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The southern French city of Toulouse is probably best known as the gateway to the Canal du Midi, a canal built under orders from Sun King Louis XIV back in the 1600s to connect the Mediterranean Sea with the Atlantic Ocean, and it is a popular place for hopping onto a narrow houseboat for a bit of slow boating. The city’s other claims to fame are its aviation history and the fact that many of its ancient houses have been built from an orange-pink stone, earning it the moniker La Ville Rose, the Pink City.

The capital of the Occitanie region and close to the Pyrenees mountain range, Toulouse’s ancient cobbled streets are signposted in two languages: French and Occitan, a language that sounds like a cross between French, Italian, and Spanish. But despite it being France’s fourth-largest city with 1.2 million inhabitants, the center of the city is intrinsically walkable, making it perfect for a day of exploration, although if you decided on staying longer, you would not get bored either.

Palace Capitole in Toulouse.

Exploring The Pink Heart Of Toulouse

Setting off from the rather grand Place Capitole, head down Rue Lafayette toward Metro Capitole, with the Tourism Office located in the cute turret in the park on your left. From here on, head roughly along the large pedestrianized shopping street that is Rue d’ Alsace Lorraine, which turns into Rue du Languedoc.

Of course, is just a general guide, as the most picturesque areas are the little streets and squares, such as Place St Georges and Square de la Trinite by rue des Filatiers along the way, and off to both sides. Rue des Arts and Pierre de Fermat, together with Rue Peyas and Rue des Changes, are all pedestrianized and invite you to get lost and explore. Closer to Place Capitole, must-sees are rue du Taur and the Victor Hugo Market. On your way, look out for the fabulous churches of Basilique Saint-Sernin and Notre-Dame du Taur, both with spectacular steeples, and the Jacobines Convent and the Musee des Augustines for impressive medieval architecture.

But more to the point, look at all the crooked, pink buildings in the cobble-stoned alleyways, and you’ll soon understand why Toulouse is called the Pink City.

Inside Les Abattoirs in Toulouse.

Discovering The Arts In Toulouse

It feels like art is all around you when exploring Toulouse, be it the stunning street art in and around Rue Gramat in the quartier Arnaud-Bernard, the small architectural details on the buildings, or the modern Victor Hugo market building at the corner of Rue Causette and Rue du Rempart Villeneuve, where styles contrast, but beautifully so. But for a proper art fix, look no further than the Fondation Bemberg housed in a gorgeous city palace, the Hotel d'Assezat. Crammed full of anything and everything from achingly beautiful Canalettos to delicate blue-and-white ceramics, all in sumptuous surroundings, this is a favorite art museum in Toulouse that will take up at least an hour of your time.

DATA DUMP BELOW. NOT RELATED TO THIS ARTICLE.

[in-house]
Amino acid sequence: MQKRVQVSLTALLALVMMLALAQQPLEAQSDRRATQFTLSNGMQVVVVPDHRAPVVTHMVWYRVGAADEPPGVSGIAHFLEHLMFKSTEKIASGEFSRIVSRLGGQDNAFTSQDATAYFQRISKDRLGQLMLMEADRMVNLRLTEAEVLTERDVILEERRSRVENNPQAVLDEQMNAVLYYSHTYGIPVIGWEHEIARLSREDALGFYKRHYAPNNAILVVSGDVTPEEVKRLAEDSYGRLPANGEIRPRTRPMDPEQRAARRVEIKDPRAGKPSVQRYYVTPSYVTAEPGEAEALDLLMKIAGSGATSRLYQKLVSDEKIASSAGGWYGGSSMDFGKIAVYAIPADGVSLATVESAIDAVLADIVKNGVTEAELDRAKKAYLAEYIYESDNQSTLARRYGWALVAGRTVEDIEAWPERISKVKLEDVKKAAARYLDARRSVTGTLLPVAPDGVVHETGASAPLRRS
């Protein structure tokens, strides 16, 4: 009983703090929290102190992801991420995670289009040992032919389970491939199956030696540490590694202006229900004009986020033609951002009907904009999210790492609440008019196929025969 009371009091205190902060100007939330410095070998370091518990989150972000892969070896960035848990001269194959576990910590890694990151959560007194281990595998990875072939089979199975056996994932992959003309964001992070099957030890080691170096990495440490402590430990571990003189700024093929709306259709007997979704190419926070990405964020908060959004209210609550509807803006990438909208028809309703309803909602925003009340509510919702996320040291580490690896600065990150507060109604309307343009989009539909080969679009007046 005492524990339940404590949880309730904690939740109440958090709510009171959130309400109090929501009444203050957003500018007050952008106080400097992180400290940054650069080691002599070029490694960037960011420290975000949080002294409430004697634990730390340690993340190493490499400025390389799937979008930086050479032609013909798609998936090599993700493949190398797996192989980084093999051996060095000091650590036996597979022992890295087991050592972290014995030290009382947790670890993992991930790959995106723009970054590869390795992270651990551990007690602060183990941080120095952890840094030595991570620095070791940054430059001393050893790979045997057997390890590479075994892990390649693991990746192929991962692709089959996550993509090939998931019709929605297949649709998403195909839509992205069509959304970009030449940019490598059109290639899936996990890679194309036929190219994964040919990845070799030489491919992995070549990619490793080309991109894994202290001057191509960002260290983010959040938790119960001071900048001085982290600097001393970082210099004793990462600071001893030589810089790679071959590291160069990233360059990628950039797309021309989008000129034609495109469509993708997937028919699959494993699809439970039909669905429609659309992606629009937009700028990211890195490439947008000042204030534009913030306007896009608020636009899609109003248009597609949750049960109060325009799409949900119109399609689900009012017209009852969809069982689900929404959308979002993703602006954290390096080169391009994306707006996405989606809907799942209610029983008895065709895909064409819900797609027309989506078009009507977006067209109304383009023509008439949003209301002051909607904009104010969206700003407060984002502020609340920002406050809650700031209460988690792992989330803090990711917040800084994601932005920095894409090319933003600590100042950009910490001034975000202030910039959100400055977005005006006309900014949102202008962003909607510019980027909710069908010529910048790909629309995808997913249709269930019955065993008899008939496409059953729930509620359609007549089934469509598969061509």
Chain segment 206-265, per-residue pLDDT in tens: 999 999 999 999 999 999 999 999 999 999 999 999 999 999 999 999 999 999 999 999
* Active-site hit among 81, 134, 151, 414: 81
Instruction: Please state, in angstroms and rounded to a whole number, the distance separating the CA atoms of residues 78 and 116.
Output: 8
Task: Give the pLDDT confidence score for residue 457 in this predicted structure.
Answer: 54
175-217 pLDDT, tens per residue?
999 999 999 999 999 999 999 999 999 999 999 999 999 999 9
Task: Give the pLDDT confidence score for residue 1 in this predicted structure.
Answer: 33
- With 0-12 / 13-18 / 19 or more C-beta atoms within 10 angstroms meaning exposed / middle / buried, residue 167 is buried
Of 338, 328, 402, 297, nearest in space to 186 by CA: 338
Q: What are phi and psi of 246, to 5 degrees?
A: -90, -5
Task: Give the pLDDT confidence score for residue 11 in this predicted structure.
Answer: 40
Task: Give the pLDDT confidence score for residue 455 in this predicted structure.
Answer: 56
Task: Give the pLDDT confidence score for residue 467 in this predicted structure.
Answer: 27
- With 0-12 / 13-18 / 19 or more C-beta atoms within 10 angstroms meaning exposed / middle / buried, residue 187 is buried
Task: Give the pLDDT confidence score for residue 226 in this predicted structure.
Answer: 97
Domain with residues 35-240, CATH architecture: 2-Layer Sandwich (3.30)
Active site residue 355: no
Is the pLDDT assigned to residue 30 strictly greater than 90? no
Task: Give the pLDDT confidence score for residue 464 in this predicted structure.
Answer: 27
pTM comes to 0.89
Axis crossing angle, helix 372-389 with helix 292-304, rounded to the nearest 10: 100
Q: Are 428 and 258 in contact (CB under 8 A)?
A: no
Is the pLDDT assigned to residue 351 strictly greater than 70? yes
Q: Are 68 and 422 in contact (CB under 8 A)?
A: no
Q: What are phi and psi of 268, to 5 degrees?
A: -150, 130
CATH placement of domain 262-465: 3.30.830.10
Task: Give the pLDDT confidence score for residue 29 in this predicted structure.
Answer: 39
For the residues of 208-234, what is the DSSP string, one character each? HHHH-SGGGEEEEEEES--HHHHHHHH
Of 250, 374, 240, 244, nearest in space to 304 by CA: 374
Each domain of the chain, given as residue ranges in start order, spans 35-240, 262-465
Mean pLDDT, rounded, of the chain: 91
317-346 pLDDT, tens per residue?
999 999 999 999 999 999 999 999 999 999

For a more contemporary approach, don’t miss Les Abattoirs. Yes, the sprawling complex once housed abattoirs (that is, slaughterhouses), but is now completely re-invented and a one-stop-shop for indoor and outdoor contemporary art in an equally, if totally different, setting than the old palace. Plus, there is a great cafe. Depending on the exhibitions and when you visit, plan on between an hour and two hours spent here.

The Cite de l'Espace in Toulouse.

Take Flight In Toulouse

Toulouse’s aviation history is one of firsts, from the first motorized plane built in Toulouse and the first European postal service Aeropostale launched with pilot-turned-author Saint-Exupery and legendary Jean Mermoz as pilots to the first supersonic plane, the Concorde, built and tested in Toulouse, and the first double-decker passenger plane, the A380, that was assembled and first flown in Toulouse. Add to that the country’s space research and, quite literally, rocket science centers situated here as well, and if you are not an aviation enthusiast to start with, Toulouse will turn you into one.

To experience some of the city’s aviation buzz, go west on metro line B to Ramonville and then onto Bus 37 to the Cite de l’Espace, where you can have a look at the MIR space station and finally figure out how the bathrooms work in space, then walk along the Piste des Geants, the former runway the first international postal flights took off from.

Or head north-east to Aeroscopia on Tram line T1 from metro stop Arenes to witness a collection of some of the world’s largest, fastest, oldest, and simply most amazing aircraft. You can also pop across to one of the enormous hangars to see some of the Airbus A380 assembly stages.